A Story: Seeing But Not Observing
I wrote Seeing But Not Observing as a part of Andi Cumbo’s online short story class, and thought I would share part of it with you today. I hope you enjoy it, and when I properly finish it up (I ran out of steam near the end and it shows) I may post it under Featured Fiction. = = = = = = = = = = =
I can’t believe I let myself be talked into this. But, when one’s best friend is getting married in two short weeks and you’re the maid of honor, well . . . sacrifices are to be expected.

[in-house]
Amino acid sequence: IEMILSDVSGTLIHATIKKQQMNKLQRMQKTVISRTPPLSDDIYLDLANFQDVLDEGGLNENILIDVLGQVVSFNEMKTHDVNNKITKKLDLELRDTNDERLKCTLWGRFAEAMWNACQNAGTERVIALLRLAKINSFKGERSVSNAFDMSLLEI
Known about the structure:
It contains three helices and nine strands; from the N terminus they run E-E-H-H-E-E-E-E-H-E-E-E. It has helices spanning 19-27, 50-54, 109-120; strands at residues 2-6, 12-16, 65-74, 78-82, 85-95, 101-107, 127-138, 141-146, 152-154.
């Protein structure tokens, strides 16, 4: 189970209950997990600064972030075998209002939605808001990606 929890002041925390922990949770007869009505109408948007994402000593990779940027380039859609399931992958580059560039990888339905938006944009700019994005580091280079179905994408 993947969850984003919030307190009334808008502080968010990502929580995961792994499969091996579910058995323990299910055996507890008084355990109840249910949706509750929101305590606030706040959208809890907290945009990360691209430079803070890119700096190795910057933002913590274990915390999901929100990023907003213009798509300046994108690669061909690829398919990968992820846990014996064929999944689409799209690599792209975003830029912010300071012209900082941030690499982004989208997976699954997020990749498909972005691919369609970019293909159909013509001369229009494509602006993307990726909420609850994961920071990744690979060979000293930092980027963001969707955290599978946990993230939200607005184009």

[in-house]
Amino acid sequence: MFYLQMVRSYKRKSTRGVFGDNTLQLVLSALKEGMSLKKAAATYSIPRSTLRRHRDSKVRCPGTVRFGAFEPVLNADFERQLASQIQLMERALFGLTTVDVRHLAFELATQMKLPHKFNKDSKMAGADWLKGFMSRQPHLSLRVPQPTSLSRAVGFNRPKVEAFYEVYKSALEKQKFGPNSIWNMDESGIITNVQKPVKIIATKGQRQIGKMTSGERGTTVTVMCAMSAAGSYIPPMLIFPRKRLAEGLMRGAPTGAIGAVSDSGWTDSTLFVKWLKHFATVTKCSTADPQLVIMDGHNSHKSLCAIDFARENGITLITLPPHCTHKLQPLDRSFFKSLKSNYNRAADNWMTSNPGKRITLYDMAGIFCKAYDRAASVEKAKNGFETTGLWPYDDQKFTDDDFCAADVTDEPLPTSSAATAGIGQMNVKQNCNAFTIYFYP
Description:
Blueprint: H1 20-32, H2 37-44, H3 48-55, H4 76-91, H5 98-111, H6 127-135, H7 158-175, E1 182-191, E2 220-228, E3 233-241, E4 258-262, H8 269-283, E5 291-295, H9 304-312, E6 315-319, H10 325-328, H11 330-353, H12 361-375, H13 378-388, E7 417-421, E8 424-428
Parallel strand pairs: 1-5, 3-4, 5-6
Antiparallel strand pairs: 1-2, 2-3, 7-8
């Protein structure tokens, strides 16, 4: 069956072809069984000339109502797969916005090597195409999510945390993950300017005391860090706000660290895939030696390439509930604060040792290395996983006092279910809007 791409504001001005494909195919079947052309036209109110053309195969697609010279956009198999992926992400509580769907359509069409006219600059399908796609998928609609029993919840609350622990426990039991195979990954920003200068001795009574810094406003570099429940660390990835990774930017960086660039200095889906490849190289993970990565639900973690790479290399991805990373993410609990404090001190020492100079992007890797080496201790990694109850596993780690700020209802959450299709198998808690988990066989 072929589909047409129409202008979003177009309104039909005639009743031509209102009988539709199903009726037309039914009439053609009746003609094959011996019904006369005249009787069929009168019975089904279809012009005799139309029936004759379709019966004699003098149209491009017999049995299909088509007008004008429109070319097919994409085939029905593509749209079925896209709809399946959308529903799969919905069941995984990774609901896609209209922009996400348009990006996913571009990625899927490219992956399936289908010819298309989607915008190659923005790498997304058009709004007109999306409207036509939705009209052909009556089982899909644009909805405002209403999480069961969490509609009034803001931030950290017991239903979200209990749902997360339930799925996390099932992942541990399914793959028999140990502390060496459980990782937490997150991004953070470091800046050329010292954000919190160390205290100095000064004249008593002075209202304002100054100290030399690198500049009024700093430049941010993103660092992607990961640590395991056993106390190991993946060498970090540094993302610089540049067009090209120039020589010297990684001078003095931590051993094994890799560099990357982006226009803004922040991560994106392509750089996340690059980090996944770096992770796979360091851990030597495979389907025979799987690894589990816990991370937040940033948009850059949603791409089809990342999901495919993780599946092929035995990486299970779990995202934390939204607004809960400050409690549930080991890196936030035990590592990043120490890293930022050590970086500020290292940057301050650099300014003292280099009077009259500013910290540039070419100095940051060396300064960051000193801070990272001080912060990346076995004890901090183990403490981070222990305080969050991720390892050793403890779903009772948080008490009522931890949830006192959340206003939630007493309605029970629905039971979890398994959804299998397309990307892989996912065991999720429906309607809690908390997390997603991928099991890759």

I huffed out a breath, giving my reflection another once-over in the full-length mirror in my dressing room at the back of the women’s clothing store. It was a nice dress I had on – bordering on pretty, even – and I was surprised to find I still liked it after having it on for thirty seconds. (Let’s just say I’m truly a blue jeans kind of a girl.) The ruby red material did bring some color to my doughy-white skin, and my black hair matched any color, really (duh – it’s black). The hemline fell just above my knees, and the wrap-around style made me look like I had a proper figure. I could wear this for one day. And yet I wondered if people would see boring old me, trying to pretend I was something more by wearing a fancy dress. Maybe I should have declined when Missy – the aforementioned best friend (to me) and soon-to-be bride (to a sweet guy named Richard) – had asked me to be her maid of honor. But even as that thought budged to the front of my mind I immediately dismissed it. Missy was my oldest and best friend. How could I say no?